Jason Baumgartner believed Russell’s pediatrician, who said that there was nothing wrong with the toddler. He would grow into his speech. But by his second birthday, the family switched pediatricians and the couple asked their son’s new doctor to test him for autism. The boy failed the test. He was referred to Leavell for a diagnostic examination.

By then, the couple was watching their son fade. He stopped communicating with people around him. He stopped having eye contact. He was walking on his toes and it seemed as if he was in pain when his whole foot hit the ground. He repetitively flapped his hands. Further testing confirmed that their first child had moderately severe autism. But he was only 2 ½, and Leavell said it was too soon to know where he would end up on the spectrum.

The doctor left the couple with this advice: “The more you put into him, the better his outcome will be.” Since then, Russell has been in occupational, speech and physical therapy 25 hours a week.

“When a doctor says that your child has something that will be with him for the rest of his life, it is heartbreaking,” his mother said.

The therapy would help enormously with some of the behaviors, but not others. His parents are trying to figure out a pattern of events that could explain his daily meltdowns. They are tracking his sleep and diet, and Russell’s therapists provide the parents with weekly notes on his progress. The therapists helped the family put things in place at home that have been enormously helpful, Nicole Baumgartner said. They turned a closet into sensory retreat with pillows on the floor. It is a place where Russell goes to decompress when he gets angry or frustrated, she added.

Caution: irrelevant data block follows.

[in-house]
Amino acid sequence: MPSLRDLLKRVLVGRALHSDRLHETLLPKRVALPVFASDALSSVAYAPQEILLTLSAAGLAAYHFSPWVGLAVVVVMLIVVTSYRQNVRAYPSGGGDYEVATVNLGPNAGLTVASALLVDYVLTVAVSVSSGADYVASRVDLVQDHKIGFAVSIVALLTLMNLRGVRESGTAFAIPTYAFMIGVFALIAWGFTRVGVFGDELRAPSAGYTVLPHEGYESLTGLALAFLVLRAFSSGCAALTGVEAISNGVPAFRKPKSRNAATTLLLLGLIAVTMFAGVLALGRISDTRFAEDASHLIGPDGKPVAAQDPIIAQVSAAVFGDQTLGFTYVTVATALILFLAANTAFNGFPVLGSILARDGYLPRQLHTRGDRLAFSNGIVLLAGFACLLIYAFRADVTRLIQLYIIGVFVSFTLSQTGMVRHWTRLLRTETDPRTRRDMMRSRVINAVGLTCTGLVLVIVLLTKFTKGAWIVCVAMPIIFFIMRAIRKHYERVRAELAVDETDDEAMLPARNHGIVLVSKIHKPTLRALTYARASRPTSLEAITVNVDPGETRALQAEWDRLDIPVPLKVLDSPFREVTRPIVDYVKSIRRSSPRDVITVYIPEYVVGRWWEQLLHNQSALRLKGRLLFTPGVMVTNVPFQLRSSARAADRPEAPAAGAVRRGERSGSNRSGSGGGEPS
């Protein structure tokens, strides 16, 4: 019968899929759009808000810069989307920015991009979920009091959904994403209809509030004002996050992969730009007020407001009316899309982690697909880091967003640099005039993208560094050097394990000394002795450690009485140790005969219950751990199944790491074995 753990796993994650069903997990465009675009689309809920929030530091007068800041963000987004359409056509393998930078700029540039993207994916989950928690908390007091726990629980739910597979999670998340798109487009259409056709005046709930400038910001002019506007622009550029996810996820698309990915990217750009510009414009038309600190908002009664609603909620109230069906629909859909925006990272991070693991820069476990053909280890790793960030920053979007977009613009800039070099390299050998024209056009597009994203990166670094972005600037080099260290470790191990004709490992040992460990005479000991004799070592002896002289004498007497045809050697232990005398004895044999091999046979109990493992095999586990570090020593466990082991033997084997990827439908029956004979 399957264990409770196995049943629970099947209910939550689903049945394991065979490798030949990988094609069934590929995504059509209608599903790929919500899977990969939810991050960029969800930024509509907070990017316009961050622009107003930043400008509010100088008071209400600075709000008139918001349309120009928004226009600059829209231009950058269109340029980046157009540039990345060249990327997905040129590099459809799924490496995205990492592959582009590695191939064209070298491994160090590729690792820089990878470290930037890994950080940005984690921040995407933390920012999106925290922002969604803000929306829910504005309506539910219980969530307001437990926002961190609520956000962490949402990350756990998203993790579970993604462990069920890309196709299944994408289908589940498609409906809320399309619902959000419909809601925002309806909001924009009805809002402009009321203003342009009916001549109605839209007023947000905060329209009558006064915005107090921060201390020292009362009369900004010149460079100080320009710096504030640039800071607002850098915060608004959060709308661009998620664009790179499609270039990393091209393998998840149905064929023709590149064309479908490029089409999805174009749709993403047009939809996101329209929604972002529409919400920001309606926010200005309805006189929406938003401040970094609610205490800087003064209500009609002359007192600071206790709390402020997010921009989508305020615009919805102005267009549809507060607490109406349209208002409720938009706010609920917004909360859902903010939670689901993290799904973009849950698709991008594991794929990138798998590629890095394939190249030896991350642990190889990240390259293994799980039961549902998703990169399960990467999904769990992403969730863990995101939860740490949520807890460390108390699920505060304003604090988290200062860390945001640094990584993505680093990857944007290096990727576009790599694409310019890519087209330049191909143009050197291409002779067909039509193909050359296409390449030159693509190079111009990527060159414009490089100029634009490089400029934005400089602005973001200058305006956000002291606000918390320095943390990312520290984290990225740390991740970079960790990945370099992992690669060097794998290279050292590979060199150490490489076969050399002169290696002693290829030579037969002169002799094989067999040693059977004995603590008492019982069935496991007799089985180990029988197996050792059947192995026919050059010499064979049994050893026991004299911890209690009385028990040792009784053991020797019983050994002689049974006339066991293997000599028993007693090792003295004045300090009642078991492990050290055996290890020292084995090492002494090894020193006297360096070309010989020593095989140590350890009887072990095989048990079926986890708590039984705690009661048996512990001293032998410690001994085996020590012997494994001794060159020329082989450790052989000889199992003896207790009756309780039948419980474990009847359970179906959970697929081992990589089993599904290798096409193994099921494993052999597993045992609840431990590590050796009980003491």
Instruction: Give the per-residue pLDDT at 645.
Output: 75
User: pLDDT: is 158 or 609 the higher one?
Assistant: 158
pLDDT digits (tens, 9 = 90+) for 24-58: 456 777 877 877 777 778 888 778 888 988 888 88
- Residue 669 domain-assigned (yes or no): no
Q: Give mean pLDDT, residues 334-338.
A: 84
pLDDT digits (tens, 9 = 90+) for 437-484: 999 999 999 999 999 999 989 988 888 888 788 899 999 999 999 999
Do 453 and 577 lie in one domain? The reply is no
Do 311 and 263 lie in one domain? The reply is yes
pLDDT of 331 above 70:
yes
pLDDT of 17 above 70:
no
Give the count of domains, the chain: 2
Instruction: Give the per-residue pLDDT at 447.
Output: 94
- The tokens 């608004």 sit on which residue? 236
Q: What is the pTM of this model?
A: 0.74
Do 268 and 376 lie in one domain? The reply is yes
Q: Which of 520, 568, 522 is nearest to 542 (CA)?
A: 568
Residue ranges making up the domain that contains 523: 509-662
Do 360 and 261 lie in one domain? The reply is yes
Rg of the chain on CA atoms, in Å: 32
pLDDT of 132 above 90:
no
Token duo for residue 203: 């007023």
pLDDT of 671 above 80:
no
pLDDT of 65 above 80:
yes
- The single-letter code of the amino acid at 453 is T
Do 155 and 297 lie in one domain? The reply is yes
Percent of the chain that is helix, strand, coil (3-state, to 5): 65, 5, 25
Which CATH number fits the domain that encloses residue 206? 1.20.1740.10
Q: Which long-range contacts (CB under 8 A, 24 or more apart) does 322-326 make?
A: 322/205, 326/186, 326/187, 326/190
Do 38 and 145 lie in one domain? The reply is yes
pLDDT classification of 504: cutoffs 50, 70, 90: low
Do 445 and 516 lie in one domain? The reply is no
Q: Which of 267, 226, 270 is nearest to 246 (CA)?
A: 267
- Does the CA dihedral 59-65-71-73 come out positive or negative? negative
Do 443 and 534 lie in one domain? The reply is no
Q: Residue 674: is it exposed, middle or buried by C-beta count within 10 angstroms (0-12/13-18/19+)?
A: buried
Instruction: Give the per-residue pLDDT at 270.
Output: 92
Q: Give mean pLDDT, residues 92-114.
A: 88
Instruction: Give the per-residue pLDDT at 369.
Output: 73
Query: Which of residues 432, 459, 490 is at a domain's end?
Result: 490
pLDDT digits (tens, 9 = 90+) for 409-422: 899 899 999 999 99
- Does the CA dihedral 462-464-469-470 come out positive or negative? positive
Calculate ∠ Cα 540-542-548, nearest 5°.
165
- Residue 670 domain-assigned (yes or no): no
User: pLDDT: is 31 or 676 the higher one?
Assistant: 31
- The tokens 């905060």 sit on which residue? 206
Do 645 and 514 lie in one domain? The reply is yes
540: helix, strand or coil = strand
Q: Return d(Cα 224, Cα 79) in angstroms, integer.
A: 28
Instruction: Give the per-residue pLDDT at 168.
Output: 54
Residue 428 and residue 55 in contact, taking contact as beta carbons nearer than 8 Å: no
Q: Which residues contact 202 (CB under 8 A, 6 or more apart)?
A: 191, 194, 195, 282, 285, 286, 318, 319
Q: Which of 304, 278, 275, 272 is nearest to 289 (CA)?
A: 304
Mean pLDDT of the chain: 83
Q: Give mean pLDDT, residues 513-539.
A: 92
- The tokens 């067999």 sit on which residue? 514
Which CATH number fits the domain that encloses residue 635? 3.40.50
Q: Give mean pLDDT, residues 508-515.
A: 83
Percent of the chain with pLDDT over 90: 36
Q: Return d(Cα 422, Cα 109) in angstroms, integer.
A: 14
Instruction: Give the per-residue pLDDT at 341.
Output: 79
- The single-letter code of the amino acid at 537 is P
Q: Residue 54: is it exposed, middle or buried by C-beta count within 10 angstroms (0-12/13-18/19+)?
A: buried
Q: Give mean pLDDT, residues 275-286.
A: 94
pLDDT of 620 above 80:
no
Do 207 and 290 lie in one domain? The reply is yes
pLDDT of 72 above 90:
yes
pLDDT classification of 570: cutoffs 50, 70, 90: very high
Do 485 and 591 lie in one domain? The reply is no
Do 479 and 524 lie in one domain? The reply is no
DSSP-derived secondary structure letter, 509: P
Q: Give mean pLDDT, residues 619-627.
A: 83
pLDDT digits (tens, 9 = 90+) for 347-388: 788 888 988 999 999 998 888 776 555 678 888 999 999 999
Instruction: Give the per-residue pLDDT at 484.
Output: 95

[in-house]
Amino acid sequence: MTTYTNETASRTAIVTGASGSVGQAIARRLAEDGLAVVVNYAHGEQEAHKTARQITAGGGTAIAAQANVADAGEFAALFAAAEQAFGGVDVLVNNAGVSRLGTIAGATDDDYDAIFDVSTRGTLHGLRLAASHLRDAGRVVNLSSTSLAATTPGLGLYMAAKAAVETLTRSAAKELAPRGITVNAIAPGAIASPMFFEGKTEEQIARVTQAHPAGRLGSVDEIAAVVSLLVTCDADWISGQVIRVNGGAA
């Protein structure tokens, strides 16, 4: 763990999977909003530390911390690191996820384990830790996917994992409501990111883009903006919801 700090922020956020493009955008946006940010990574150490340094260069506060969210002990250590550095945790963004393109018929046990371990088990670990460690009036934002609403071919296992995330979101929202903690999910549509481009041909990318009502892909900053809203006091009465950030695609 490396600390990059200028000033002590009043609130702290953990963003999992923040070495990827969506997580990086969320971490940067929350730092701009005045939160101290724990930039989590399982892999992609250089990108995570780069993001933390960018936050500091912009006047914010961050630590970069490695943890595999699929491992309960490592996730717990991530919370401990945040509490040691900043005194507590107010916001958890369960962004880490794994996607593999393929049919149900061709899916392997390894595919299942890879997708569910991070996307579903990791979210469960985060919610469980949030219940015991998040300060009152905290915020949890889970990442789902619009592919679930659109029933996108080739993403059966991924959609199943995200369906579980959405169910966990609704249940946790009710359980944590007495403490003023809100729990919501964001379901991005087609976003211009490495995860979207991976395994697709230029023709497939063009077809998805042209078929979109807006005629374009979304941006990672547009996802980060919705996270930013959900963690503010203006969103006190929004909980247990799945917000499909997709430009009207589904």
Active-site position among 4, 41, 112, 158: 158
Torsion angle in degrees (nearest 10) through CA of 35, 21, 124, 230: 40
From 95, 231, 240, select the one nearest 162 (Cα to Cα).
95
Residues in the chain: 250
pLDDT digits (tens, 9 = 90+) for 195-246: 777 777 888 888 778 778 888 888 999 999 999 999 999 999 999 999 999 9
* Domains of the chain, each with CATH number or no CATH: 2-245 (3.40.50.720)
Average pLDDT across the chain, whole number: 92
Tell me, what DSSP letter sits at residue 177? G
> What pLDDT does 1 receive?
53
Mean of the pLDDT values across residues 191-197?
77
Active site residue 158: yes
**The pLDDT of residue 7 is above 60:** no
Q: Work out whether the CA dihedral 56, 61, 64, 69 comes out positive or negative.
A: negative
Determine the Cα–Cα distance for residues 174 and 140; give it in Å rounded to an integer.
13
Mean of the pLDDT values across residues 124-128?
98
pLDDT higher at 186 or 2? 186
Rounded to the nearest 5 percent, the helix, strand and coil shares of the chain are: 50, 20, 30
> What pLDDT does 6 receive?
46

Child locks are everywhere around the house. He has to be watched around-the-clock. He loves to climb on just about anything. He loves water but doesn’t understand the difference between hot and cold. He does not understand danger. He now spends part of the weekday in a preschool for children with developmental delays.

“My hope is that someday he’ll be able to talk to us and tell us how he is feeling or what he wants for breakfast,” his mother said.

Doctors call autism a spectrum disorder because some children don’t have any spoken language and others have language but exhibit odd ways of interacting with the world around them. New studies show that the brains of people with autism spectrum disorder are wired differently. There are also a growing number of risk genes now linked to the disorder. The genes that are associated with autism help regulate communication between brain cells and the synapses that allow chemical messages to cross from one cell to the next. Scientists have also identified genes associated with brain development. Brain regions that govern emotion have also been linked to the spectrum disorder.